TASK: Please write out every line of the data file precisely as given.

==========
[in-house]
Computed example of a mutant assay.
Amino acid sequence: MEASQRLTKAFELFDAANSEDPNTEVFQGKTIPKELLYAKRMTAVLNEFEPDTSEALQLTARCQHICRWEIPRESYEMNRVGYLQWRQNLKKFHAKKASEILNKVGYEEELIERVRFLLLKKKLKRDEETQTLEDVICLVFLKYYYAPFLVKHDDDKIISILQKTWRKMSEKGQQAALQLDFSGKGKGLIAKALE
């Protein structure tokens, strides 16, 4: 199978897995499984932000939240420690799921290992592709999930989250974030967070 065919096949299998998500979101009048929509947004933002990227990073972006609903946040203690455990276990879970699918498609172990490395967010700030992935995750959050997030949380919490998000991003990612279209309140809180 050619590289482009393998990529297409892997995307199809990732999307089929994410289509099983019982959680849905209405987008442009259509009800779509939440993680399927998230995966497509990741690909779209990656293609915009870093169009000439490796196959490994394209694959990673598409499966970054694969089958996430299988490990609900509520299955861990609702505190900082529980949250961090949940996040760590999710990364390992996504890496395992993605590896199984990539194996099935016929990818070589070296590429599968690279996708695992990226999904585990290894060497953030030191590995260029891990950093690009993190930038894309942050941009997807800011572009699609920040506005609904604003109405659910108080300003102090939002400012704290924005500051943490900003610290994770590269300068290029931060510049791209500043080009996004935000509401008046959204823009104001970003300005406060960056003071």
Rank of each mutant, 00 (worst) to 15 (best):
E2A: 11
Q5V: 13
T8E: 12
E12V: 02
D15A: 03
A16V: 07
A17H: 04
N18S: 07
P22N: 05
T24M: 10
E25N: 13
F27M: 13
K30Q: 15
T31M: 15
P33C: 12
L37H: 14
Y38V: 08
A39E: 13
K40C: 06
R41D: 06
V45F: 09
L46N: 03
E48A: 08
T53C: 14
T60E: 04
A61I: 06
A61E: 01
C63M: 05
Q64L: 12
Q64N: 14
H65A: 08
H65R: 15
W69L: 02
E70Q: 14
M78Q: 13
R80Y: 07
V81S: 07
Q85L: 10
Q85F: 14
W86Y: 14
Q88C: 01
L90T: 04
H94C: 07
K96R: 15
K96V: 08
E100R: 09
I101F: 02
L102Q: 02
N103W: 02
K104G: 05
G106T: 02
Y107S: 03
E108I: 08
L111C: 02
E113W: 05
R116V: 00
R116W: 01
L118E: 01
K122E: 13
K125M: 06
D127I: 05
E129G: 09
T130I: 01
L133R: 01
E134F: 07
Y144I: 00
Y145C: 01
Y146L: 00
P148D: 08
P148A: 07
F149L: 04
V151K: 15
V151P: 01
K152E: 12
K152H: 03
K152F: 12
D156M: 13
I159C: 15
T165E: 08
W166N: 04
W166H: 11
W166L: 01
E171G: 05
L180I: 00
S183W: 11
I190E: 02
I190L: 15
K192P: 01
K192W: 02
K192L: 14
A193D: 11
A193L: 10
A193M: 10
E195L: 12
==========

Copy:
[in-house]
Computed example of a mutant assay.
Amino acid sequence: MEASQRLTKAFELFDAANSEDPNTEVFQGKTIPKELLYAKRMTAVLNEFEPDTSEALQLTARCQHICRWEIPRESYEMNRVGYLQWRQNLKKFHAKKASEILNKVGYEEELIERVRFLLLKKKLKRDEETQTLEDVICLVFLKYYYAPFLVKHDDDKIISILQKTWRKMSEKGQQAALQLDFSGKGKGLIAKALE
């Protein structure tokens, strides 16, 4: 199978897995499984932000939240420690799921290992592709999930989250974030967070 065919096949299998998500979101009048929509947004933002990227990073972006609903946040203690455990276990879970699918498609172990490395967010700030992935995750959050997030949380919490998000991003990612279209309140809180 050619590289482009393998990529297409892997995307199809990732999307089929994410289509099983019982959680849905209405987008442009259509009800779509939440993680399927998230995966497509990741690909779209990656293609915009870093169009000439490796196959490994394209694959990673598409499966970054694969089958996430299988490990609900509520299955861990609702505190900082529980949250961090949940996040760590999710990364390992996504890496395992993605590896199984990539194996099935016929990818070589070296590429599968690279996708695992990226999904585990290894060497953030030191590995260029891990950093690009993190930038894309942050941009997807800011572009699609920040506005609904604003109405659910108080300003102090939002400012704290924005500051943490900003610290994770590269300068290029931060510049791209500043080009996004935000509401008046959204823009104001970003300005406060960056003071």
Rank of each mutant, 00 (worst) to 15 (best):
E2A: 11
Q5V: 13
T8E: 12
E12V: 02
D15A: 03
A16V: 07
A17H: 04
N18S: 07
P22N: 05
T24M: 10
E25N: 13
F27M: 13
K30Q: 15
T31M: 15
P33C: 12
L37H: 14
Y38V: 08
A39E: 13
K40C: 06
R41D: 06
V45F: 09
L46N: 03
E48A: 08
T53C: 14
T60E: 04
A61I: 06
A61E: 01
C63M: 05
Q64L: 12
Q64N: 14
H65A: 08
H65R: 15
W69L: 02
E70Q: 14
M78Q: 13
R80Y: 07
V81S: 07
Q85L: 10
Q85F: 14
W86Y: 14
Q88C: 01
L90T: 04
H94C: 07
K96R: 15
K96V: 08
E100R: 09
I101F: 02
L102Q: 02
N103W: 02
K104G: 05
G106T: 02
Y107S: 03
E108I: 08
L111C: 02
E113W: 05
R116V: 00
R116W: 01
L118E: 01
K122E: 13
K125M: 06
D127I: 05
E129G: 09
T130I: 01
L133R: 01
E134F: 07
Y144I: 00
Y145C: 01
Y146L: 00
P148D: 08
P148A: 07
F149L: 04
V151K: 15
V151P: 01
K152E: 12
K152H: 03
K152F: 12
D156M: 13
I159C: 15
T165E: 08
W166N: 04
W166H: 11
W166L: 01
E171G: 05
L180I: 00
S183W: 11
I190E: 02
I190L: 15
K192P: 01
K192W: 02
K192L: 14
A193D: 11
A193L: 10
A193M: 10
E195L: 12